In his late 20s, Jayde Mitchell was 178 centimetres tall, working flat out running a concreting business, and weighed in at 130 kilograms.
Six years later the Melbourne-based boxer is a svelte 76 kilograms and looking to build on a career record that stands at 20 wins, one loss, with 10 knockouts.
Jayde Mitchell at training this week.Credit:Simon Schluter
If he can beat Hungarian fighter Istvan Szili in Melbourne on Saturday night in a bout for the vacant WBO Oriental super middleweight title at St Kilda Town Hall, he could catapult himself into the world top 10, giving him the chance for serious money.
It has been a remarkable turnaround for a man who fought as an amateur when young but gave up for years after disillusionment set in with "boxing politics".
At 28 he decided to try again in the pro ranks, with his father, Len, as his trainer.
Mitchell returned, having ballooned into a figure that resembled a "balloon with eyes and a mouth". He knew he was taking a huge gamble, especially as he was making good money from the concreting business.
Jayde Mitchell with former world heavyweight championship contender Earnie Shavers in 2012 in Las Vegas.
"I cut out all the carbs and just ate lean meat and vegetables. Basically, if you couldn't grow it or kill it, it was out – no processed foods at all."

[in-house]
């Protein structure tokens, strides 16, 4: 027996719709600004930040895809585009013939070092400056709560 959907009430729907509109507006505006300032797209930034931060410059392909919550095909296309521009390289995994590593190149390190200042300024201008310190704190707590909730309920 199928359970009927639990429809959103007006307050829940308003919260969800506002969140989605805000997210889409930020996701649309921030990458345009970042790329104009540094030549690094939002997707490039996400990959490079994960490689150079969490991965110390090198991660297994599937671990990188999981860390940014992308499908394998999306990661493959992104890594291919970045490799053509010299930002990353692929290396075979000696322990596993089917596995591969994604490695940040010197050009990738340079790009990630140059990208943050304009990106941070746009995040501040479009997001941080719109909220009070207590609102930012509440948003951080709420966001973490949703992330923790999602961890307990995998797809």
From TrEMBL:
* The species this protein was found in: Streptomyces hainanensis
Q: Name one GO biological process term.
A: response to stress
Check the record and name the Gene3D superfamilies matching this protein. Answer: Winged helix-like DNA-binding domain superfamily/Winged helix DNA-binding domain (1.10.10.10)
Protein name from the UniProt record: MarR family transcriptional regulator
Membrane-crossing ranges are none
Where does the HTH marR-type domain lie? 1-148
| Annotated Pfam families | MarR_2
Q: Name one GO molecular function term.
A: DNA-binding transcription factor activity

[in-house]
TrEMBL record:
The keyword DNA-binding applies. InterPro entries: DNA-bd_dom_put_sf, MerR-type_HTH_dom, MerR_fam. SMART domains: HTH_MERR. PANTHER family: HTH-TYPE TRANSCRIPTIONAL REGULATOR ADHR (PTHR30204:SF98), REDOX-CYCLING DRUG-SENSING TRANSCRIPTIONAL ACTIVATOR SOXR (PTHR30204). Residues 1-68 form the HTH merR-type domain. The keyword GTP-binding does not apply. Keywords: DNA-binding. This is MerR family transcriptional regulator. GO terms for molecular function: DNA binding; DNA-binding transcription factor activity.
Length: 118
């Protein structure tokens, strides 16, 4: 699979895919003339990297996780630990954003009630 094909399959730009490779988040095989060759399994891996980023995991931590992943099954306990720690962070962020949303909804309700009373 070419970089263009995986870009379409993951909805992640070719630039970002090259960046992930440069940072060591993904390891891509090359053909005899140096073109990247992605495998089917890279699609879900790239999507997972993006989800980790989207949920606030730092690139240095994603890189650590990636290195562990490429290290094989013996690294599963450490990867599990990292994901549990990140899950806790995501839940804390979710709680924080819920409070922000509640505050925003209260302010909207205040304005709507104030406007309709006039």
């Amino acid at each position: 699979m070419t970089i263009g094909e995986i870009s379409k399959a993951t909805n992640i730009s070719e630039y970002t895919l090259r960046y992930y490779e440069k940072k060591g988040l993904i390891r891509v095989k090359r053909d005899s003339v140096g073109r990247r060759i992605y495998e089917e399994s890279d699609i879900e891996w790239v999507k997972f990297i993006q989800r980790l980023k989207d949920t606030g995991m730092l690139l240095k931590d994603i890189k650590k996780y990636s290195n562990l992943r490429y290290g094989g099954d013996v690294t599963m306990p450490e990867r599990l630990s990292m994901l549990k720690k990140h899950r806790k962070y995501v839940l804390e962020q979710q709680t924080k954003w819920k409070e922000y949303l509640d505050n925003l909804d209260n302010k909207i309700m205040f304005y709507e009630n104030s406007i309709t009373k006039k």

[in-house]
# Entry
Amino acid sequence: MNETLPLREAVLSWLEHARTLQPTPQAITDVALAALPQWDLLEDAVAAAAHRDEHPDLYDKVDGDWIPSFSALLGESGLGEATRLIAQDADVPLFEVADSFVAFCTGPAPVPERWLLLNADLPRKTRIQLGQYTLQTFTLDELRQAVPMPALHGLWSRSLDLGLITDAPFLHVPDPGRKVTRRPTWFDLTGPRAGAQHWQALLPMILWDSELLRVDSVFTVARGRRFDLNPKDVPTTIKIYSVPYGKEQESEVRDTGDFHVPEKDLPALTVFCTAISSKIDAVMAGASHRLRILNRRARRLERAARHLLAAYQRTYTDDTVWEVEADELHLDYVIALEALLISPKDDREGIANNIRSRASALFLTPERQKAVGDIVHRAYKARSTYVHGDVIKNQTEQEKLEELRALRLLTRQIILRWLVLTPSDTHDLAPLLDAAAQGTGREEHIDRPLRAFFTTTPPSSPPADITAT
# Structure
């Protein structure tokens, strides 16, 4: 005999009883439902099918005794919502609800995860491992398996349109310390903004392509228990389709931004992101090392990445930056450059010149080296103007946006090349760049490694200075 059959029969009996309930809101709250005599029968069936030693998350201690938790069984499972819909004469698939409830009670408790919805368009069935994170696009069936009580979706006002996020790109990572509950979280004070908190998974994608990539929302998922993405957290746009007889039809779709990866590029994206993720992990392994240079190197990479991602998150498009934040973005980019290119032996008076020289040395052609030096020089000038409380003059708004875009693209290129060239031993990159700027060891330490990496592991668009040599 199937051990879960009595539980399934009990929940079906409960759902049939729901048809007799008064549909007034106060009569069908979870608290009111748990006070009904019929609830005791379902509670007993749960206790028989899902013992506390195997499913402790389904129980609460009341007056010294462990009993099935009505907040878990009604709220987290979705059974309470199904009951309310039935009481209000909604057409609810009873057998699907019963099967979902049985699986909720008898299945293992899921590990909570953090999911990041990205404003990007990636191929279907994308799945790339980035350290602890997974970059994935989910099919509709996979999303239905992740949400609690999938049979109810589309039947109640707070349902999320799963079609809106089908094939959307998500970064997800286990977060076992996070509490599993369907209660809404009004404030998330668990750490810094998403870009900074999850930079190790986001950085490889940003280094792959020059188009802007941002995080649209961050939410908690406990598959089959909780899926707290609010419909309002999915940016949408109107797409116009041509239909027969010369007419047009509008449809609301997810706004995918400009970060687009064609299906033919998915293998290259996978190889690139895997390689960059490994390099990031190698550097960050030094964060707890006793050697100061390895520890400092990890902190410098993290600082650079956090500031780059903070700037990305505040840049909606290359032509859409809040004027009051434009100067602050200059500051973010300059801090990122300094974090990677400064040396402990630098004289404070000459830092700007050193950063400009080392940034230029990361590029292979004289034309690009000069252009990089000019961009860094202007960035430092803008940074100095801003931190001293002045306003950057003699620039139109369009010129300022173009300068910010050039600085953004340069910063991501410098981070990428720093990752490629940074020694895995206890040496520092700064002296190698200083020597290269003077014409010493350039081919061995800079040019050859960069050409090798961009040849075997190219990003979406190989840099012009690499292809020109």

Mitchell said he knew he could make a go of things early in his second stab at the sport when he went to Los Angeles to spar and train at famous trainer Freddie Roach's Wild Card gym, where Roach has trained top-level boxers such as Miguel Cotto, Amir Khan, Julio Cesar Chavez jnr and eight-division world champion Manny Pacquiao.
"I did well when I got there and it gave me a lot of self-belief. I knew that I could take it seriously, be a contender for a title," he says.
That belief was reinforced after his toughest moment came in 2017 when he sustained a serious vertebrae injury in the first round of a contest against Chinese boxer Ainiwaer Yilixiati, effectively fighting 10 rounds with a broken neck and still winning.
The only blemish on his record came in 2017 in his sixth fight, when he lost a majority decision to the now-retired Melbourne boxer Ryan Breese.
"That was a big shock for me at the time, but maybe it was what I needed then to make me realise I had to really focus," Mitchell says with the benefit of hindsight.
As a boxer, Mitchell is well aware of the growing concerns about chronic traumatic encephalophy in other sports, recently highlighted by the CTE diagnosis to AFL legend Graham “Polly” Farmer.
"It’s something I definitely think about," he said. "My father has been my coach, and he always told me one punch you take now is one less you can take later in your career, so I try to avoid punishment.
"He told me not to get involved in wars, not to stand in the trenches, to fight smart. I have been around boxing all my life and seen a lot of fighters change, so I definitely am aware of it all.
"It’s mandatory now for us to get our brains scanned before a fight to pick up any bruising or abnormalities, which is a good thing."
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